Emily Glen

Digital Marketing Manager

As a student, on off days, you’ve probably thought about the fact that Mark Zuckerburg, Bill Gates and Steve Jobs are all college dropouts.

Why should I bother finishing all this shitty coursework? All these super successful Silicon Valley billionaires never even finished University. And you’d be right. Dropping out is not the end of your education or the death of your employment prospects. University isn’t for everyone. Many people express regrets about their higher education experience but there’s no question that, for now, it often creates better early career prospects.

Windows 95
Not everyone can be as smart and cool as this guy

Emily Glen, now a Digital Marketing Manager, left school in 5th year to study Corporate Communication at Robert Gordon University in Aberdeen back in 2000. She explains why she decided to drop out:

“I dropped out mainly because I moved to Glasgow, transferred to GCU, and hated it. I hated the course and didn’t get on with anyone – which was mostly my fault. At 17 I was far too young to have gone to uni, and too immature to apply myself, so I gave up on the course completely and took an entry level job in insurance. Eventually left that and went on to a job in the NHS in volunteer engagement which was the first role I used anything I’d learned in Uni for.”

Digital marketing is an area where people are more likely to come from different education backgrounds. While developers may have app development or computer science degrees and designers may have vis comms, graphic design or multimedia qualifications, marketing professionals often have backgrounds in law, English, journalism or even film and television. This is partially due to an increased demand for digital marketers over the last few years but mostly because of the nature of the work they produce being mostly strategic, content driven and prone to change.

“The first digital job I went for initially was entry level digital copywriting. I totally chanced it by going for it but I had lots of experience marketing to volunteers, I’d completed lots of comms training with the NHS and I had samples of writing. The main thing that got me the interview though was that I knew someone who vouched for me. That got me in the door – which made all the difference. Social media management work got bolted on to the job pretty quickly and eventually I ended up training and working in broader digital marketing disciplines as my career progressed.”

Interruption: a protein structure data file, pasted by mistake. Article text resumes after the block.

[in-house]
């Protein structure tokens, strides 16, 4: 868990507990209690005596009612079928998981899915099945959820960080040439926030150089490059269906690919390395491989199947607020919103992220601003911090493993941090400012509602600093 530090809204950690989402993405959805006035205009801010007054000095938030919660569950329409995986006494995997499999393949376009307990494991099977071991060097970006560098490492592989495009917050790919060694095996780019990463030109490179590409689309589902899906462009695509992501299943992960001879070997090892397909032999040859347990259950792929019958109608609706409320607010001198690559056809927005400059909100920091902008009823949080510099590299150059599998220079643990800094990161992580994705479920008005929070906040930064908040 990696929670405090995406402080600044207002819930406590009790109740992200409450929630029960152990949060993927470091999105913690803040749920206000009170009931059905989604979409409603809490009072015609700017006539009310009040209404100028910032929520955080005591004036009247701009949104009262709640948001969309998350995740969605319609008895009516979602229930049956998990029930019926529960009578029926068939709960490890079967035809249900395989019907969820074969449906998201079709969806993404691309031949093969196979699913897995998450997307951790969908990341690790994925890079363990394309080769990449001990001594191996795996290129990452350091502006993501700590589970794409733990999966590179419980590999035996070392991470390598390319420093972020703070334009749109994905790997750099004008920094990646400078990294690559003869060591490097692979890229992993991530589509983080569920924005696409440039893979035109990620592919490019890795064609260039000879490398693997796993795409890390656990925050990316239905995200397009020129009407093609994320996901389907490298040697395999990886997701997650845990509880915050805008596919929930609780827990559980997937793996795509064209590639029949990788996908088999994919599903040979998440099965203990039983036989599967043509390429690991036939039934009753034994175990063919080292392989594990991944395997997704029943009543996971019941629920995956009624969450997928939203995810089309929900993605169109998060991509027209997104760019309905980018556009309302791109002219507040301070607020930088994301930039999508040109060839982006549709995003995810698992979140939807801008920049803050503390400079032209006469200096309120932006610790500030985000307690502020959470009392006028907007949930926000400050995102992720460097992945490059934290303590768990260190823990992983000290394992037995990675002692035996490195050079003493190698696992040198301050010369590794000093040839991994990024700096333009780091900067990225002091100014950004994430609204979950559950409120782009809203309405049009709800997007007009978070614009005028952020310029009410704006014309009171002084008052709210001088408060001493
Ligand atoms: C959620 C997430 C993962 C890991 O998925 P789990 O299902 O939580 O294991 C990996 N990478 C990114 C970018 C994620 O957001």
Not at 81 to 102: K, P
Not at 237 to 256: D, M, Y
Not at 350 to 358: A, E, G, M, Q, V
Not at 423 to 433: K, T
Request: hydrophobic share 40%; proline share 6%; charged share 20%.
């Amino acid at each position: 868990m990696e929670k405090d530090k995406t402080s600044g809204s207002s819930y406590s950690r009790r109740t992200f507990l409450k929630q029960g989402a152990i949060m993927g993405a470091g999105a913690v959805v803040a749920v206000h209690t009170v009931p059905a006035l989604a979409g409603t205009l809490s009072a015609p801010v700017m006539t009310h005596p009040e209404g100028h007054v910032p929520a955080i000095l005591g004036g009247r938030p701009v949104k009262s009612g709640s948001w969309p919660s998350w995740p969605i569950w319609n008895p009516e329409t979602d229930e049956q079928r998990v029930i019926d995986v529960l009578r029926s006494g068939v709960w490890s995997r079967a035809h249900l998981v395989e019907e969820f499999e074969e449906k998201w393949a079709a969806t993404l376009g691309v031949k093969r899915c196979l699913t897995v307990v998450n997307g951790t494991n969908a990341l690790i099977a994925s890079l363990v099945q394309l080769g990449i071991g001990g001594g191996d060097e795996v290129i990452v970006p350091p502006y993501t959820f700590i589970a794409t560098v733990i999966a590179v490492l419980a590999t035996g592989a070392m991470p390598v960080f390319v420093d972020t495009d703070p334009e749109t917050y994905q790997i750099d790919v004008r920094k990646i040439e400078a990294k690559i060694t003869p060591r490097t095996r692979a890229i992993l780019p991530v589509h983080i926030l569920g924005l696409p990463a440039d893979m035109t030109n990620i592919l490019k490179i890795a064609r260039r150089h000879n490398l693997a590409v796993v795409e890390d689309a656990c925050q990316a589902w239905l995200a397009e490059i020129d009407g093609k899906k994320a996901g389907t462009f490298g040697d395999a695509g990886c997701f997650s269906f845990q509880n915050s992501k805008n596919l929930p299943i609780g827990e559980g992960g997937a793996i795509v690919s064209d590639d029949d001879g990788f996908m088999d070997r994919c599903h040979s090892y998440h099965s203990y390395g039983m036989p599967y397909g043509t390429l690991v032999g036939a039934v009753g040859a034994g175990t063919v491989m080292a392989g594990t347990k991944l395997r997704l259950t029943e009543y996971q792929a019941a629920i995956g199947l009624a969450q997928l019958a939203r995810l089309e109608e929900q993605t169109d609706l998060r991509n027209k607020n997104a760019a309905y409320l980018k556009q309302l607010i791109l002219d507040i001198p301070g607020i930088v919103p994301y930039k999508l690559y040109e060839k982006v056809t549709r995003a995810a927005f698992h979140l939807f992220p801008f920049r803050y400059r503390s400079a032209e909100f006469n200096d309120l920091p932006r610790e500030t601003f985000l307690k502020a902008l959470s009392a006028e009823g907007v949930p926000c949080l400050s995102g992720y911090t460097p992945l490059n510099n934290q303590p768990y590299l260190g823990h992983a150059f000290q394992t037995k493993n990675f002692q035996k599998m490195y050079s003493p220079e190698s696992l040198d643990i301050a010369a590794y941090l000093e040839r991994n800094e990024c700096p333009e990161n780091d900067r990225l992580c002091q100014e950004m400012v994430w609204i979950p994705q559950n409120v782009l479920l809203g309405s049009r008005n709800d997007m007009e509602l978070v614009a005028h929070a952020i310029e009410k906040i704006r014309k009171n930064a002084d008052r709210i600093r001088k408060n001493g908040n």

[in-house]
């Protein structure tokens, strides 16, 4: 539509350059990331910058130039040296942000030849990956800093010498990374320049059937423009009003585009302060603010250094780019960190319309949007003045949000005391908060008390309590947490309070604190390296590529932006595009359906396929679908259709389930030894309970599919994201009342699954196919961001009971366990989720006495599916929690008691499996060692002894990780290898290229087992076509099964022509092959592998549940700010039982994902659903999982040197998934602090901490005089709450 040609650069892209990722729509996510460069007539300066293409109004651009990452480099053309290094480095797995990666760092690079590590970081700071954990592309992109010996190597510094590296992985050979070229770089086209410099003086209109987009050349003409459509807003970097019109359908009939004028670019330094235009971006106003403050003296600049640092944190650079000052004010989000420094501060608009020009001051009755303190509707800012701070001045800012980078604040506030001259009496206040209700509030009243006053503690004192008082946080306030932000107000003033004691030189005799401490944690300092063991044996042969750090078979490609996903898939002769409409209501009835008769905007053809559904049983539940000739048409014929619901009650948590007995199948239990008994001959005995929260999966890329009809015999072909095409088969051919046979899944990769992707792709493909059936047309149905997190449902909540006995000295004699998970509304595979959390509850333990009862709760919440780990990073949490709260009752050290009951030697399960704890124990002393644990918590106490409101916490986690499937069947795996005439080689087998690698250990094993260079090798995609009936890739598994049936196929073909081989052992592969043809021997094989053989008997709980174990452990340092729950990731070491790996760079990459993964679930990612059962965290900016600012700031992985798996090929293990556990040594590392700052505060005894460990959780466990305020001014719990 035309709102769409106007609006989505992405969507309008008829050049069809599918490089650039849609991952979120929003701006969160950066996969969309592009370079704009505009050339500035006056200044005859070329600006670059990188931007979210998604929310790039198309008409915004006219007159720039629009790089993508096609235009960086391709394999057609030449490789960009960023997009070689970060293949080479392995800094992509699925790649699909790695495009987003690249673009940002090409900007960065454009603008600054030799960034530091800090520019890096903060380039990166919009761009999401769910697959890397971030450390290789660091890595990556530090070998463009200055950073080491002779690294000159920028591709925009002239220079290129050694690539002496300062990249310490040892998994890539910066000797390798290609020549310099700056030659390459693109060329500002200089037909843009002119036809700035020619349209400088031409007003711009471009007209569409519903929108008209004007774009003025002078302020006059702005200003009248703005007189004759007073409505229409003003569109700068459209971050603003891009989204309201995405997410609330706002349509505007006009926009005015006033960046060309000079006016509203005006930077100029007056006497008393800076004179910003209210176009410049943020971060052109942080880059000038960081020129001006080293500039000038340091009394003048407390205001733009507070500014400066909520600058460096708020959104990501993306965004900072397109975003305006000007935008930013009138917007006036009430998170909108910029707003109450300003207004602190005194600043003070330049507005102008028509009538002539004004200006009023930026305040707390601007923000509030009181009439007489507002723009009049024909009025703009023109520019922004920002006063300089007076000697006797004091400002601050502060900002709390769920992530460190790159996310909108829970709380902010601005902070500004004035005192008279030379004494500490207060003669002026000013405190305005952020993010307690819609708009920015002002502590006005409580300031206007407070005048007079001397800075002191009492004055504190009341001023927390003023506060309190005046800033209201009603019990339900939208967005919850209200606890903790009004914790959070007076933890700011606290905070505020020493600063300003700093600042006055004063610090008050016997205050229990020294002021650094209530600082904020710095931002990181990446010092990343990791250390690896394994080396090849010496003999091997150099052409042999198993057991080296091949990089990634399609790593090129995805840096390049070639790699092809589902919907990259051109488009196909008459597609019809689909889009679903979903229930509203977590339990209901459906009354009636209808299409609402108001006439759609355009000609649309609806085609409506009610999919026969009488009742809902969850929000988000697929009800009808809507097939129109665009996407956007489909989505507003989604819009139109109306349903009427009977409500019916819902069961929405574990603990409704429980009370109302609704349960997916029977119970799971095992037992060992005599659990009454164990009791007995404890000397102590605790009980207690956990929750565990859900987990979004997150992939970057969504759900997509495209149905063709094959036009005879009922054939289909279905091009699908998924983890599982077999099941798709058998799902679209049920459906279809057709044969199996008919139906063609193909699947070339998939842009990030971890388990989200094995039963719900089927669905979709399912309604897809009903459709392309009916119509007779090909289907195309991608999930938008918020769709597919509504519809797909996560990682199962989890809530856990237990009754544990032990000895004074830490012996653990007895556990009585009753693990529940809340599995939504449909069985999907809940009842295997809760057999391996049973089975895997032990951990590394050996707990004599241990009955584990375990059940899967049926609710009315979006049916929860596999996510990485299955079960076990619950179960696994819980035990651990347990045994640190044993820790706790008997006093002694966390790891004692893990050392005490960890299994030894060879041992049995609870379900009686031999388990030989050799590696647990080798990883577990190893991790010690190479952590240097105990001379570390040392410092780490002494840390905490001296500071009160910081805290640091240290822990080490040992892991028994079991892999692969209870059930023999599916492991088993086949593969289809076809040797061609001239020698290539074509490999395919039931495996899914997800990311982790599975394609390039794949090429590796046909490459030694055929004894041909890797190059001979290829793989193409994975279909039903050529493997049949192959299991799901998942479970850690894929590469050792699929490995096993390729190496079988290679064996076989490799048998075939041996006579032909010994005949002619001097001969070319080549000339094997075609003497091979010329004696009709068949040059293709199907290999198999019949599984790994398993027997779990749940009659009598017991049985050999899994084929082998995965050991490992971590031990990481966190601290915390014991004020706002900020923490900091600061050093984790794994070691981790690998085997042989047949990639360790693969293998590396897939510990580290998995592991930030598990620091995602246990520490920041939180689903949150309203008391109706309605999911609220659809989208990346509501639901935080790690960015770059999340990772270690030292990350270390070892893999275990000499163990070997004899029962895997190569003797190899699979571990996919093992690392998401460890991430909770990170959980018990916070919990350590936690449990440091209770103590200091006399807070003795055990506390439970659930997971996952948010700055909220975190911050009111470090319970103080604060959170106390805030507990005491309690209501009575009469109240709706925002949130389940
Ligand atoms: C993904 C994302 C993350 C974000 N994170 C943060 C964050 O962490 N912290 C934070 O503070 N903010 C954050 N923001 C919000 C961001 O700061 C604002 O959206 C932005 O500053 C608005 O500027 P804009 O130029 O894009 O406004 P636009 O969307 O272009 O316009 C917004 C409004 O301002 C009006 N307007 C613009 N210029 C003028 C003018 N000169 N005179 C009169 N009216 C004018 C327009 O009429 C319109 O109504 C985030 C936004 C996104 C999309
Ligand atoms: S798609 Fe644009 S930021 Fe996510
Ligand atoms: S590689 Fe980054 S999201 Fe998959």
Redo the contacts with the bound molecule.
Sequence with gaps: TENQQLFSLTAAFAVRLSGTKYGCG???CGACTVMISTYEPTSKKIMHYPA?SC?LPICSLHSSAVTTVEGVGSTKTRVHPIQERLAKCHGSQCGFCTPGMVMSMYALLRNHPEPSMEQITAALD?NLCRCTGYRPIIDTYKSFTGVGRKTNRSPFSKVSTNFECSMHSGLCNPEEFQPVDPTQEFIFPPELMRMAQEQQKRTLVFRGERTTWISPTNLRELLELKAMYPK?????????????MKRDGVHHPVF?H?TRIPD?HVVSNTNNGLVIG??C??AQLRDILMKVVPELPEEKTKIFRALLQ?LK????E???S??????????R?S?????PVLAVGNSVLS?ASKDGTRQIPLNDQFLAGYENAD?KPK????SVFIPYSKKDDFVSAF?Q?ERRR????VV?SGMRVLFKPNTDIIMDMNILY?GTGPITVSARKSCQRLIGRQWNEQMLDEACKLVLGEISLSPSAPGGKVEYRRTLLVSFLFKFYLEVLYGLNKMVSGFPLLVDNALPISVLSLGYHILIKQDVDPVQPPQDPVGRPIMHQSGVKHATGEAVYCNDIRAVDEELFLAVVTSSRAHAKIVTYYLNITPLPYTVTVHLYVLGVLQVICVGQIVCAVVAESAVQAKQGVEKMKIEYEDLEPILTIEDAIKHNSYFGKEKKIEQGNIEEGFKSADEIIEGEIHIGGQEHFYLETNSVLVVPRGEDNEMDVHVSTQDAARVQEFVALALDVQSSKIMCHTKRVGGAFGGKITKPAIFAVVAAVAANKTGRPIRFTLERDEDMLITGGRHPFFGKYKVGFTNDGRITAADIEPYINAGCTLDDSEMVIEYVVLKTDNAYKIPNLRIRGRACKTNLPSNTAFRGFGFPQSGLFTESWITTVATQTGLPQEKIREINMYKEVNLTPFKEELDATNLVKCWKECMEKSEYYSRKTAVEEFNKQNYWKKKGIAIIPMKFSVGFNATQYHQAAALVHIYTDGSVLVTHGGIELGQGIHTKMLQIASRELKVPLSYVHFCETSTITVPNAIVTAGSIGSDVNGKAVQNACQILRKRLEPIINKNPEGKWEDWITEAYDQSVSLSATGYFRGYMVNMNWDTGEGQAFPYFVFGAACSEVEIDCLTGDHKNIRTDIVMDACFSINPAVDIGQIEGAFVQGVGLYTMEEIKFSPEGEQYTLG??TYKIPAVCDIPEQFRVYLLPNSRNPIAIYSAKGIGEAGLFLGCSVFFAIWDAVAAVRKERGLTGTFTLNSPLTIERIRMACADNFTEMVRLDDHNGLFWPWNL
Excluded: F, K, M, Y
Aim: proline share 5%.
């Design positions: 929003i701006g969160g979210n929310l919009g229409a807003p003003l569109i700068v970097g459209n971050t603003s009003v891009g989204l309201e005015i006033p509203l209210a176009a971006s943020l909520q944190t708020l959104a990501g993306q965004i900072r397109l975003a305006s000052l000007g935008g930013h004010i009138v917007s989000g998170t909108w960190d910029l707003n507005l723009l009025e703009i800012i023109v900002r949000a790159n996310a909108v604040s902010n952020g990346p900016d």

This is arguably nepotism, but it’s a fairly regular occurrence. Having a friend, or even acquaintance, inside an existing business who can vouch for your competency is a huge benefit.

Work friend
The opposite of your problem

While it may be less important today, at the time, Emily’s lack of degree often proved to be an obstacle to job applications despite her considerable amount of work experience:

“I’ve definitely been turned down flat for jobs for not having a degree – which is partly why I’m working towards finishing it through distance learning. From my experience, reaching out to people in the sector and making yourself known has been hugely important. If you have a contact and no degree you can still get in the door, if you have a degree and no contact it’s less likely. The only relevant certifications and training on my CV for employers have been the ones that took place much later in my career. In digital marketing, you’re always going to have to demonstrate that you’re constantly learning, re-certifying and keeping up to date with platforms and techniques. It all changes so quickly, employers need to know you’re keeping up.”

There’s no doubt Emily’s path to her first digital role took longer than it may have done had she graduated University but, after not really having any aspirations towards a career in digital, she now finds herself in a good public sector role focused on digital marketing and marketing automation, largely thanks to her accumulated knowledge and experience.

It may be that you’ve gained as much as you think you will from your higher education experience and it’s time to rethink where you’d rather be. Maybe working your way up could suit you better. And even if you graduate with a degree related to digital, it’s very possible you’ll end up in another industry entirely. It’s up to you to discover what you really enjoy doing.

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